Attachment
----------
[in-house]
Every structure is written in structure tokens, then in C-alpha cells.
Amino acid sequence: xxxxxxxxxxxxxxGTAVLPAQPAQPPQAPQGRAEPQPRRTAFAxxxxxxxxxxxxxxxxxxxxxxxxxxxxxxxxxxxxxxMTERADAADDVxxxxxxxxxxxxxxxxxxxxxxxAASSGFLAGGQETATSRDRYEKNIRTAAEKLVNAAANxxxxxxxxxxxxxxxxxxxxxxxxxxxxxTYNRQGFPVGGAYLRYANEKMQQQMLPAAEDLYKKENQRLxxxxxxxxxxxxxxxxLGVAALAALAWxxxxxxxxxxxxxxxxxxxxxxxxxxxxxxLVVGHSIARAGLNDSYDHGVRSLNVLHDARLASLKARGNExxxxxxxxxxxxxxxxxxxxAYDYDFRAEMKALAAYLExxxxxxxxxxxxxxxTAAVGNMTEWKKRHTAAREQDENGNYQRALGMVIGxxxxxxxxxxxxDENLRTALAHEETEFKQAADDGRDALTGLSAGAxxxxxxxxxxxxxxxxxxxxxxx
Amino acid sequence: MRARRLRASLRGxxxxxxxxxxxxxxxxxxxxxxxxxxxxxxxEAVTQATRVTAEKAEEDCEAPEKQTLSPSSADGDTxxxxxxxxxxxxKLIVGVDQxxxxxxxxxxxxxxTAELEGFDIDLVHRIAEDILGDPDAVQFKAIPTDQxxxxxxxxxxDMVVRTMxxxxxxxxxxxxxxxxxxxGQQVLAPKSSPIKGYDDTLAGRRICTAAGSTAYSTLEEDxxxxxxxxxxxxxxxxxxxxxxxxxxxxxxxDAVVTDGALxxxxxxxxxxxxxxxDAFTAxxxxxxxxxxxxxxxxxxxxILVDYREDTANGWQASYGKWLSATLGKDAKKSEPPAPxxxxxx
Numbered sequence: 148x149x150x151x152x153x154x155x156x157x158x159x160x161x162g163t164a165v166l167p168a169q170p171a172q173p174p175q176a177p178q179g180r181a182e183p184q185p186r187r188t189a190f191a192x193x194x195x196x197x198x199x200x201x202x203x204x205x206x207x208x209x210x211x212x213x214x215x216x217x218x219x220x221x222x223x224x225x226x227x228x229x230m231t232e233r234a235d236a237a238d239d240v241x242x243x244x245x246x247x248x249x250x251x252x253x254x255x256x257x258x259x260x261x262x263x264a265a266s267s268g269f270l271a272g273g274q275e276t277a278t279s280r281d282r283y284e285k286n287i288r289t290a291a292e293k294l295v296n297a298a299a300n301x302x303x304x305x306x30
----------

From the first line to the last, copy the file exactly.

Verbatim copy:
[in-house]
Every structure is written in structure tokens, then in C-alpha cells.
Amino acid sequence: xxxxxxxxxxxxxxGTAVLPAQPAQPPQAPQGRAEPQPRRTAFAxxxxxxxxxxxxxxxxxxxxxxxxxxxxxxxxxxxxxxMTERADAADDVxxxxxxxxxxxxxxxxxxxxxxxAASSGFLAGGQETATSRDRYEKNIRTAAEKLVNAAANxxxxxxxxxxxxxxxxxxxxxxxxxxxxxTYNRQGFPVGGAYLRYANEKMQQQMLPAAEDLYKKENQRLxxxxxxxxxxxxxxxxLGVAALAALAWxxxxxxxxxxxxxxxxxxxxxxxxxxxxxxLVVGHSIARAGLNDSYDHGVRSLNVLHDARLASLKARGNExxxxxxxxxxxxxxxxxxxxAYDYDFRAEMKALAAYLExxxxxxxxxxxxxxxTAAVGNMTEWKKRHTAAREQDENGNYQRALGMVIGxxxxxxxxxxxxDENLRTALAHEETEFKQAADDGRDALTGLSAGAxxxxxxxxxxxxxxxxxxxxxxx
Amino acid sequence: MRARRLRASLRGxxxxxxxxxxxxxxxxxxxxxxxxxxxxxxxEAVTQATRVTAEKAEEDCEAPEKQTLSPSSADGDTxxxxxxxxxxxxKLIVGVDQxxxxxxxxxxxxxxTAELEGFDIDLVHRIAEDILGDPDAVQFKAIPTDQxxxxxxxxxxDMVVRTMxxxxxxxxxxxxxxxxxxxGQQVLAPKSSPIKGYDDTLAGRRICTAAGSTAYSTLEEDxxxxxxxxxxxxxxxxxxxxxxxxxxxxxxxDAVVTDGALxxxxxxxxxxxxxxxDAFTAxxxxxxxxxxxxxxxxxxxxILVDYREDTANGWQASYGKWLSATLGKDAKKSEPPAPxxxxxx
Numbered sequence: 148x149x150x151x152x153x154x155x156x157x158x159x160x161x162g163t164a165v166l167p168a169q170p171a172q173p174p175q176a177p178q179g180r181a182e183p184q185p186r187r188t189a190f191a192x193x194x195x196x197x198x199x200x201x202x203x204x205x206x207x208x209x210x211x212x213x214x215x216x217x218x219x220x221x222x223x224x225x226x227x228x229x230m231t232e233r234a235d236a237a238d239d240v241x242x243x244x245x246x247x248x249x250x251x252x253x254x255x256x257x258x259x260x261x262x263x264a265a266s267s268g269f270l271a272g273g274q275e276t277a278t279s280r281d282r283y284e285k286n287i288r289t290a291a292e293k294l295v296n297a298a299a300n301x302x303x304x305x306x30